World

Obama slams U.S. government's virus response in online graduation speech

Former U.S. president Barack Obama on Saturday criticized U.S. leaders overseeing the nation's response to the coronavirus, telling college graduates in an online commencement address that the pandemic shows many officials "aren't even pretending to be in charge."

Former president says some officials 'aren't even pretending to be in charge'

In this Dec. 12, 2018, file photo, former U.S. president Barack Obama accepts the Robert F. Kennedy Human Rights Ripple of Hope Award at a ceremony in New York. On Saturday, Obama spoke during a two-hour livestreaming event for historically black colleges and universities during which he called out U.S. leadership for its pandemic response. (Jason DeCrow/The Associated Press)

Former U.S. president Barack Obama on Saturday criticized U.S. leaders overseeing the nation's response to the coronavirus, telling college graduates in an online commencement address that the pandemic shows many officials "aren't even pretending to be in charge."

Obama spoke on Show Me Your Walk, HBCU Edition, a two-hour event for students graduating from historically black colleges and universities broadcast on YouTube, Facebook and Twitter. His remarks were unexpectedly political, given the venue, and touched on current events beyond the virus and its social and economic impacts.

"More than anything, this pandemic has fully, finally torn back the curtain on the idea that so many of the folks in charge know what they're doing," Obama said. "A lot them aren't even pretending to be in charge."

Obama did not name President Donald Trump or any other federal or state officials in his comments. But last Friday, he harshly criticized Trump's handling of the pandemic as an "absolute chaotic disaster" in a call with 3,000 members of his administrations obtained by Yahoo News.

The commencement remarks were the latest sign that Obama intends to play an increasingly active role in the coming election. He has generally kept a low profile in the years since he left office, even as Trump has disparaged him. Obama told supporters on the call that he would be "spending as much time as necessary and campaigning as hard as I can" for Joe Biden, who served as his vice-president.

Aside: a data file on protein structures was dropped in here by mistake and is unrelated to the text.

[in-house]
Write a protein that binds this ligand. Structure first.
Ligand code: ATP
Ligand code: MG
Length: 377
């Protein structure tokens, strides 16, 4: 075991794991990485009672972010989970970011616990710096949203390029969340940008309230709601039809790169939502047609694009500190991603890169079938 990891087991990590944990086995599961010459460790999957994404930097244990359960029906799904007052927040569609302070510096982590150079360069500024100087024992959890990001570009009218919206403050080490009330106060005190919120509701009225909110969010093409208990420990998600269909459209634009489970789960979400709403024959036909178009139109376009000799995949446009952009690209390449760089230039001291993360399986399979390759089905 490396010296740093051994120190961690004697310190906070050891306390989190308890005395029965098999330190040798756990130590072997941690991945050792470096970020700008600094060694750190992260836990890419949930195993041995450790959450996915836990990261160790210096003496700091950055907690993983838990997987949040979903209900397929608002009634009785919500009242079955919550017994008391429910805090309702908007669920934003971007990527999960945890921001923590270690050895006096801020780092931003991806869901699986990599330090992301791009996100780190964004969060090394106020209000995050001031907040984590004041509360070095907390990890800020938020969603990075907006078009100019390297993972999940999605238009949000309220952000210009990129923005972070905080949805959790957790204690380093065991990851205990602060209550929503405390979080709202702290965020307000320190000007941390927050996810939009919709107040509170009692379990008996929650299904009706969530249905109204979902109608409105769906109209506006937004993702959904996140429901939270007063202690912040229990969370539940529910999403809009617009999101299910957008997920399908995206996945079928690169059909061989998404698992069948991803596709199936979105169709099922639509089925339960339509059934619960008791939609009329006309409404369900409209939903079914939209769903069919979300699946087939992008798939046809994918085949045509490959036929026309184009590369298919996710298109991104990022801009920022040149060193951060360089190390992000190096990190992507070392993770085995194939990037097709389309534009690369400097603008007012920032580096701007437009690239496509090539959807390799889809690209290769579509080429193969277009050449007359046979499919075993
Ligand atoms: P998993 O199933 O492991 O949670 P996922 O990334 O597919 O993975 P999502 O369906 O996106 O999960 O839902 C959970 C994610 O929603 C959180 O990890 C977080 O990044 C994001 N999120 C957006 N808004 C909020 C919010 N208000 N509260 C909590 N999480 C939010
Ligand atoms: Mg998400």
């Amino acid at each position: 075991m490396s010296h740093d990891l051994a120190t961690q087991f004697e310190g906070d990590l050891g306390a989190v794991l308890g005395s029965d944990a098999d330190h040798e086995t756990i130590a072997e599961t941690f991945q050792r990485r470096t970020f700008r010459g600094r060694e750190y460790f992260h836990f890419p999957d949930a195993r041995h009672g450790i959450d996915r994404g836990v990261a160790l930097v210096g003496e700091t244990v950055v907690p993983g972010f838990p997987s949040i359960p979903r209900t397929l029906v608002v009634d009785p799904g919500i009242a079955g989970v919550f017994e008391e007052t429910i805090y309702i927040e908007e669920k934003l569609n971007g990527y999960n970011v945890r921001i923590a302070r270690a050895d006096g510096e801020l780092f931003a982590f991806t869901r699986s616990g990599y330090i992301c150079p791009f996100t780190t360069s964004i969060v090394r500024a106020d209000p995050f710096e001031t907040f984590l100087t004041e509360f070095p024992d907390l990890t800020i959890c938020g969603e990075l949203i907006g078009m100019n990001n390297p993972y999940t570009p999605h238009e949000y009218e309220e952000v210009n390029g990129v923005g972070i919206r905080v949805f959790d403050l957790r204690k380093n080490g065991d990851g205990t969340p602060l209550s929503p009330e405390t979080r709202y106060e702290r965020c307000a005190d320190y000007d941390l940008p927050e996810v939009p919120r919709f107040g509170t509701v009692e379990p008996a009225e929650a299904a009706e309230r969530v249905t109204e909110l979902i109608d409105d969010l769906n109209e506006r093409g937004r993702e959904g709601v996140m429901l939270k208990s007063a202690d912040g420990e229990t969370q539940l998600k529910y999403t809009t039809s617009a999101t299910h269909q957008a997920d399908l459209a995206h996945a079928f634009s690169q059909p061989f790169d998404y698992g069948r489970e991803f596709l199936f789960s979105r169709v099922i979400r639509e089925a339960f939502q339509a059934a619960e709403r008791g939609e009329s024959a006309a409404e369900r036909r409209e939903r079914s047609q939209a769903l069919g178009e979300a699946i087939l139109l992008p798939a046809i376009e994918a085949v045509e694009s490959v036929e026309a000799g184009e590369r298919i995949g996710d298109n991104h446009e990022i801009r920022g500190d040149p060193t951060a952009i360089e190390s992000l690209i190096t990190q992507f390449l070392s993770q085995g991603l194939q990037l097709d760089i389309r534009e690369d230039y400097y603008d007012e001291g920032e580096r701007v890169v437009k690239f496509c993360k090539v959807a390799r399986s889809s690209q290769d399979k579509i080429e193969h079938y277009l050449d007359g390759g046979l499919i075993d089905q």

As he congratulated the graduates Saturday and commiserated over the enormous challenges they face given the devastation and economic turmoil the virus has wrought, the former president noted the February shooting death of Ahmaud Arbery, 25, who was killed while jogging on a residential street in Georgia.

'The status quo needs fixing'

"Let's be honest: A disease like this just spotlights the underlying inequalities and extra burdens that black communities have historically had to deal with in this country," Obama said. "We see it in the disproportionate impact of COVID-19 on our communities, just as we see it when a black man goes for a jog and some folks feel like they can stop and question and shoot him if he doesn't submit to their questioning.

"Injustice like this isn't new. What is new is that so much of your generation has woken up to the fact that the status quo needs fixing, that the old ways of doing things don't work."

In the face of a void in leadership, he said, it would be up to the graduates to shape the future.

In November of 2016, Obama meets with president-elect Donald Trump in the Oval Office of the White House in Washington, D.C. (Kevin Lamarque/Reuters)

"If the world's going to get better, it's going to be up to you," he said.

It is a perilous time for the nation's historically black colleges and universities, which have long struggled with less funding and smaller endowments than their predominantly white peers and are now dealing with the financial challenges of the coronavirus. Even at the better-endowed HBCUs, officials are bracing for a tough few years.

Obama's message to high school students came at the end of an hourlong television special featuring celebrities, including LeBron James, Yara Shahidi and Ben Platt, and was less sharp-edged than his speech to the college graduates. He urged the young graduates to be unafraid despite the current challenges facing the nation and to strive to be part of a diverse community.

"Leave behind all the old ways of thinking that divide us — sexism, racial prejudice, status, greed — and set the world on a different path," Obama said.

Add some “good” to your morning and evening.

A variety of newsletters you'll love, delivered straight to you.

Sign up now

Comments

To encourage thoughtful and respectful conversations, first and last names will appear with each submission to CBC/Radio-Canada's online communities (except in children and youth-oriented communities). Pseudonyms will no longer be permitted.

By submitting a comment, you accept that CBC has the right to reproduce and publish that comment in whole or in part, in any manner CBC chooses. Please note that CBC does not endorse the opinions expressed in comments. Comments on this story are moderated according to our Submission Guidelines. Comments are welcome while open. We reserve the right to close comments at any time.

now